Japan’s yards were unable to cash in on the rapid devaluation of the yen this year as the dry bulk market failed to deliver newbuilding orders.

The collapse of the yen — which fell to a 32-year low against the greenback — would traditionally have been a boost to shipyards, allowing them to earn more local currency from their US dollar-denominated newbuilding contracts.

In a bid to take advantage of the dramatic shift in the currency markets some domestic yards marketed ships on the basis of top-heavy payment schemes.

Receiving as much as 30% of the dollar contract price upfront would allow a yard to immediately convert the down payment in US dollars to the cheap yen, and then offer a discount to an owner on the headline dollar price of a newbuilding.

But the currency advantage was partly wiped out by domestic inflationary pressures, which resulted in a significant rise in steel and material costs.

The weaker yen also meant that the cost of imported ship machinery rose.

Inflationary pressures have been so significant in Japan that Mitsui OSK Lines chief executive Takeshi Hashimoto declared the elevated yard prices a “new normal”.

But another reason yards were unable to cash in on the currency movements was a slump in dry bulk contracting.

A fall in freight rates and uncertainty over environmental regulation discouraged owners from placing orders.

Globally, bulk carrier newbuilding contracting is down 56% this year on a gross tonnage basis, compared with 2021, according to figures from shipbroker Clarksons.

Dry bulk orders have become critical for Japanese shipbuilders over recent years. According to figures from the Japan Ship Exporters’ Association, in the last financial year bulk carrier orders accounted for 9.1m gt of the 14.2m gt booked in the country.

Tankers only accounted for 1m gt of orders placed.

With the momentum of newbuilding contracting now turning to tankers, that could make life even more difficult for Japanese yards.

“With Japanese yards focusing so much on building bulk carriers, they do not have the flexibility to switch to tankers,” one local broker said.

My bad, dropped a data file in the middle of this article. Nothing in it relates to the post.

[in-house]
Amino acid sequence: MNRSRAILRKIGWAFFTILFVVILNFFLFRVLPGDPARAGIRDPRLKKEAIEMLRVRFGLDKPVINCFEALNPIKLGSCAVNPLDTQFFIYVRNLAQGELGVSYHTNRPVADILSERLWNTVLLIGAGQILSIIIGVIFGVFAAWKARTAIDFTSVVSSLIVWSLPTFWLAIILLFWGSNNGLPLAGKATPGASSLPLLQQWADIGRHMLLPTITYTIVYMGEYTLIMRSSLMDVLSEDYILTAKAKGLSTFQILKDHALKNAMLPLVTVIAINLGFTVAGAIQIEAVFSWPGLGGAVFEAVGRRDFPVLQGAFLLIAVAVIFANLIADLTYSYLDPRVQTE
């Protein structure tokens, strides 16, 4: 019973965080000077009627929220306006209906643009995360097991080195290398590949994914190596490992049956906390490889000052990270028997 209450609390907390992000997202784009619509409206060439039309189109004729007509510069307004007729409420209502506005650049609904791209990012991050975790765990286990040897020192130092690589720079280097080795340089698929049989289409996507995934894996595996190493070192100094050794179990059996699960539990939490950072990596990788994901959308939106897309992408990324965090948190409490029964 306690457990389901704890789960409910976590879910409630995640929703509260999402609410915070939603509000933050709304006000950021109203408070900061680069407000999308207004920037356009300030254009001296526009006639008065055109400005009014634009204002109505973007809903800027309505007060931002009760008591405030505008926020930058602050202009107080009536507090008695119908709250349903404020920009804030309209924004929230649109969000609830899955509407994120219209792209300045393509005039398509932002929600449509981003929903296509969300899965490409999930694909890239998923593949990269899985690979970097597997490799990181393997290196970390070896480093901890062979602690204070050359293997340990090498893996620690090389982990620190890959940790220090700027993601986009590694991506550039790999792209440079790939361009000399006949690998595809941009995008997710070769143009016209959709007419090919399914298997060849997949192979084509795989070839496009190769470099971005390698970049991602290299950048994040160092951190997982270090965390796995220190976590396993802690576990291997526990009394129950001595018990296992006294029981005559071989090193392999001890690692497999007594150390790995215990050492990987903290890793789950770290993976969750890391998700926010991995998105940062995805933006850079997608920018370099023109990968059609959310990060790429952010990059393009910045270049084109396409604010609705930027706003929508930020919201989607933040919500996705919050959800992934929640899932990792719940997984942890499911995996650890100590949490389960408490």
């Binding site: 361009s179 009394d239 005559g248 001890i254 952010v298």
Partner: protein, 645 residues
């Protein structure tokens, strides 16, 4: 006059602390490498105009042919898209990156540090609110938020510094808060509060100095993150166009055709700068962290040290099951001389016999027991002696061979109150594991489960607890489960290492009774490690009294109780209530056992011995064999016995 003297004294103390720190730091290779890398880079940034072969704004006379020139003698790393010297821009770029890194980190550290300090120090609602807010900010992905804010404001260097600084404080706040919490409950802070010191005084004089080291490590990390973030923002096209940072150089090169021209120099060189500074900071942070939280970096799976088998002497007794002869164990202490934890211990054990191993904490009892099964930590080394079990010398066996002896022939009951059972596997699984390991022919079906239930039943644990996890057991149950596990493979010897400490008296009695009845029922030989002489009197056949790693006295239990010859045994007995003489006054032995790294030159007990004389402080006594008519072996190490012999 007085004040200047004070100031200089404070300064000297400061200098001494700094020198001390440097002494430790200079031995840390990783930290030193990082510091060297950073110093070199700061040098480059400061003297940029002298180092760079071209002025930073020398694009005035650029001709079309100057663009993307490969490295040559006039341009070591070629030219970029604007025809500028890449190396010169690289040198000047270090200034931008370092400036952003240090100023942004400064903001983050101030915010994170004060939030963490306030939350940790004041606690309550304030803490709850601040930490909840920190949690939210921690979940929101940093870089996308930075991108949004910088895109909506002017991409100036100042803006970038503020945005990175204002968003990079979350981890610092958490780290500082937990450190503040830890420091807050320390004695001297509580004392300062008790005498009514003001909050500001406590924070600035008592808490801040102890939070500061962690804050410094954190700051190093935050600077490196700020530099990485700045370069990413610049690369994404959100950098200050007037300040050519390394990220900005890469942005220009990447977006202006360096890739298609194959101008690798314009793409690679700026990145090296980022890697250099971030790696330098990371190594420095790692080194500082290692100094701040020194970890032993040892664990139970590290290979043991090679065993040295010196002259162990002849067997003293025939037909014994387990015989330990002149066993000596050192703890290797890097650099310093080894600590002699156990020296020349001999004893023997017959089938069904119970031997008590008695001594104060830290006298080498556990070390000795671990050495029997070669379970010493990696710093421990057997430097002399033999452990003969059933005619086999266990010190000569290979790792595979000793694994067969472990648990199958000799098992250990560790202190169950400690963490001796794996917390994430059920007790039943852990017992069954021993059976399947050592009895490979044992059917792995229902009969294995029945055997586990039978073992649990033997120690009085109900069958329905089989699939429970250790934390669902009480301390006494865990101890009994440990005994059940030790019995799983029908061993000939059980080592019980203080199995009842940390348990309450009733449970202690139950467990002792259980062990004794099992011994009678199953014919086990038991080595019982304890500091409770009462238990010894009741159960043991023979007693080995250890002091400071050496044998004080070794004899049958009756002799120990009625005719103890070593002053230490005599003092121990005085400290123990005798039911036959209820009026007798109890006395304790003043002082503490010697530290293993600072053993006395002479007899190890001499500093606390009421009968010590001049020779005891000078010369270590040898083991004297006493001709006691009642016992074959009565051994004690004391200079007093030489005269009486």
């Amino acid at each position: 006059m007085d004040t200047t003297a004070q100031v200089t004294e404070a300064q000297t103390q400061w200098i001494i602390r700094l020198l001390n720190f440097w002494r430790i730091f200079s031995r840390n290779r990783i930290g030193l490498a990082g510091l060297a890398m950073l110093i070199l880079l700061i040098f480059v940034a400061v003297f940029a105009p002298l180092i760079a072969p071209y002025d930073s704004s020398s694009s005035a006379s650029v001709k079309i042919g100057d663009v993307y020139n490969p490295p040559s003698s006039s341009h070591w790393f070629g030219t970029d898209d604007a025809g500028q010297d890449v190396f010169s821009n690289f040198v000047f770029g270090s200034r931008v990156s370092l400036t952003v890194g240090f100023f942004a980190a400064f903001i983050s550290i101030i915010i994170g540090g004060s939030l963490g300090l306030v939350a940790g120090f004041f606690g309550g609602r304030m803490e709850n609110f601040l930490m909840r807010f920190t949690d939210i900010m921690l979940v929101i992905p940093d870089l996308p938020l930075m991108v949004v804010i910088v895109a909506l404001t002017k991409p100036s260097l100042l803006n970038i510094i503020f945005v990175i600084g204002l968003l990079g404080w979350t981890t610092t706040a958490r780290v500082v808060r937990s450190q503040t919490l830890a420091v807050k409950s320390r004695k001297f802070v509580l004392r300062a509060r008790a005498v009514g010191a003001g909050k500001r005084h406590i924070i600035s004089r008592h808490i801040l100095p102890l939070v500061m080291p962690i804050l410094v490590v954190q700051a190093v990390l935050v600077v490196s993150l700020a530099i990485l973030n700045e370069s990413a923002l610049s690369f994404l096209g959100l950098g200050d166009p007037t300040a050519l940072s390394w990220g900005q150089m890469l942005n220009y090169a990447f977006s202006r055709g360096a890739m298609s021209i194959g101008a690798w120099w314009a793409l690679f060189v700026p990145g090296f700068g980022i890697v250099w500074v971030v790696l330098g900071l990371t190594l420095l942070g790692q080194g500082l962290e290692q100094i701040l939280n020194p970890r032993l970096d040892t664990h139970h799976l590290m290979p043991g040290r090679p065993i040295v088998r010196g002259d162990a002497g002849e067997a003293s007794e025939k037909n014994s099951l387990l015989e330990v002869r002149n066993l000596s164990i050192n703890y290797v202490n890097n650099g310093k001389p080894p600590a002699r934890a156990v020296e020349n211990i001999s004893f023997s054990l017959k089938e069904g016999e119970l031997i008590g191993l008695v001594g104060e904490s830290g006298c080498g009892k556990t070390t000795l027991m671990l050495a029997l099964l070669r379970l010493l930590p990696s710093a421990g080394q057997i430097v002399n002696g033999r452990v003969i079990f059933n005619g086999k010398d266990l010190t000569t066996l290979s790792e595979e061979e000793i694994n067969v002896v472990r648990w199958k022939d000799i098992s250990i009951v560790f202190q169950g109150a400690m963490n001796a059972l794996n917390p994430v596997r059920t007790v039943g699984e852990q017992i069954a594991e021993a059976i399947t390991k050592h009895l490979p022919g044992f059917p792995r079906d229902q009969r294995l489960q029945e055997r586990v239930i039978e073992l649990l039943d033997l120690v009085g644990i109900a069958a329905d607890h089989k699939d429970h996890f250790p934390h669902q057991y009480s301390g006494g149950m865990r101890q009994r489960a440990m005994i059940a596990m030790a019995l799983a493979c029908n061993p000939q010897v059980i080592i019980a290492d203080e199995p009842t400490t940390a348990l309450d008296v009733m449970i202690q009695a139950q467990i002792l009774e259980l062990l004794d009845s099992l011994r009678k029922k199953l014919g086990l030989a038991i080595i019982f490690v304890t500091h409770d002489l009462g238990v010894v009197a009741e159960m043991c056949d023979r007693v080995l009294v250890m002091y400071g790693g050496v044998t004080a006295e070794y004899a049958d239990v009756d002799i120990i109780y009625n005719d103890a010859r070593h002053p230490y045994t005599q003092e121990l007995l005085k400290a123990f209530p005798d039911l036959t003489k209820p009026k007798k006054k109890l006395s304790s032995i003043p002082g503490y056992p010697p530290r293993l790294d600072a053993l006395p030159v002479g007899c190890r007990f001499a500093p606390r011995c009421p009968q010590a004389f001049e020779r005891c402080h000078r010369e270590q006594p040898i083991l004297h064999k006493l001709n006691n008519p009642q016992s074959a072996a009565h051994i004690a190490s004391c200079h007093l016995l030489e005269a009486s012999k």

Mitsui OSK Lines chief executive Takeshi Hashimoto said high yard prices are the ’new normal’. Photo: Lucy Hine

The troubles yards face have added fuel to the argument that there should be further consolidation.

To be more competitive with South Korea and China, local analysts believe the sector should shrink to just two or three groupings. There are currently 17 members of the Shipbuilders’ Association of Japan.

Consolidation in the sector to date appears to have delivered benefits. It has allowed yards to invest more time and money in ship design and develop low-carbon ships.

One success has been the pairing of Japan’s two largest shipbuilders — Japan Marine United and Imabari Shipbuilding.

Imabari is now a 30% shareholder in JMU, while they are also equal partners in joint-venture shipbuilding company Nihon Shipyard.

Local players describe the new set-up as a “powerhouse” of Japanese shipbuilding — a title that used to belong to Mitsubishi Heavy Industries.

Through the partnership, they now cover all ship types, offer a range of dual-fuel LNG ship designs and are developing zero-emission vessels that use alternative fuels such as ammonia.

Other collaborations are helping yards to diversify. One example is Namura’s tie-up with Mitsubishi Heavy Industries on design, which helped it get into the large LPG carrier market.

Tsuneishi Shipbuilding is now the major shareholder in Mitsui E&S Shipbuilding and they are collaborating on low-emission designs.

Mitsui E&S also has a production outpost in China through its links with Jiangsu Yangzi-Mitsui Shipbuilding, where it offers ship designs and introduces Japanese customers.

Kawasaki Heavy Industries also has production sites in China through Nantong Cosco KHI Ship Engineering and Dalian Cosco KHI Ship Engineering, where it is building methanol-fuelled container ships.

It is concentrating on VLGC construction at its main Sakaide shipbuilding plant in Japan, where it is also the leading shipyard in the emerging market for liquid hydrogen carriers.

Consolidation in Japan’s shipbuilding industry has also seen Oshima Shipbuilding acquire Mitsubishi Heavy Industries’ Koyagi Shipyard.

Oshima is a pure dry bulk player and is the most competitive Japanese yard in the sector. It has 68 bulk carriers of up to 100,000 dwt on order at its Oshima facility.

All indications are that it will continue to build bulkers but expand into the capesize sector when the Koyagi plant starts production in 2023.